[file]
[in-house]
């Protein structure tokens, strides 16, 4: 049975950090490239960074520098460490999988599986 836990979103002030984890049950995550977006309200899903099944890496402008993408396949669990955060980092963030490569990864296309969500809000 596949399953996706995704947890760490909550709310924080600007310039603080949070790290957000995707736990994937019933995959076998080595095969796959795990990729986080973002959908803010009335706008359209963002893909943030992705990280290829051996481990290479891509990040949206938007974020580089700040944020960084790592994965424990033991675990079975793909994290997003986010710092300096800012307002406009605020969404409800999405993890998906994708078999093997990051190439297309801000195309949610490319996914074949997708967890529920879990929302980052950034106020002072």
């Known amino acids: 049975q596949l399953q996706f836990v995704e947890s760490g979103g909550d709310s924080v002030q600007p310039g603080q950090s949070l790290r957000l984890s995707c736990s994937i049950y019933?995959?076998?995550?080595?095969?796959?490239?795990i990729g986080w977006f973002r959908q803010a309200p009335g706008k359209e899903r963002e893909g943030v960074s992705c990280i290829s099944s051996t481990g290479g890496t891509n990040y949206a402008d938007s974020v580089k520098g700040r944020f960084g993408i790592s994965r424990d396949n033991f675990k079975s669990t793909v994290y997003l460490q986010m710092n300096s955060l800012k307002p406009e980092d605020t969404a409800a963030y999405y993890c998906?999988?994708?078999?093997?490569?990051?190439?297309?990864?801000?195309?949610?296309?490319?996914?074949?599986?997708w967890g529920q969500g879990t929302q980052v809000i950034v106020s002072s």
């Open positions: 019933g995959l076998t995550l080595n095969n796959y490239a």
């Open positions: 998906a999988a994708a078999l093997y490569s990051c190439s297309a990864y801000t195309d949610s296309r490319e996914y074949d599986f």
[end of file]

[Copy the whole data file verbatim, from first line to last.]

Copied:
[in-house]
């Protein structure tokens, strides 16, 4: 049975950090490239960074520098460490999988599986 836990979103002030984890049950995550977006309200899903099944890496402008993408396949669990955060980092963030490569990864296309969500809000 596949399953996706995704947890760490909550709310924080600007310039603080949070790290957000995707736990994937019933995959076998080595095969796959795990990729986080973002959908803010009335706008359209963002893909943030992705990280290829051996481990290479891509990040949206938007974020580089700040944020960084790592994965424990033991675990079975793909994290997003986010710092300096800012307002406009605020969404409800999405993890998906994708078999093997990051190439297309801000195309949610490319996914074949997708967890529920879990929302980052950034106020002072």
């Known amino acids: 049975q596949l399953q996706f836990v995704e947890s760490g979103g909550d709310s924080v002030q600007p310039g603080q950090s949070l790290r957000l984890s995707c736990s994937i049950y019933?995959?076998?995550?080595?095969?796959?490239?795990i990729g986080w977006f973002r959908q803010a309200p009335g706008k359209e899903r963002e893909g943030v960074s992705c990280i290829s099944s051996t481990g290479g890496t891509n990040y949206a402008d938007s974020v580089k520098g700040r944020f960084g993408i790592s994965r424990d396949n033991f675990k079975s669990t793909v994290y997003l460490q986010m710092n300096s955060l800012k307002p406009e980092d605020t969404a409800a963030y999405y993890c998906?999988?994708?078999?093997?490569?990051?190439?297309?990864?801000?195309?949610?296309?490319?996914?074949?599986?997708w967890g529920q969500g879990t929302q980052v809000i950034v106020s002072s």
């Open positions: 019933g995959l076998t995550l080595n095969n796959y490239a």
């Open positions: 998906a999988a994708a078999l093997y490569s990051c190439s297309a990864y801000t195309d949610s296309r490319e996914y074949d599986f």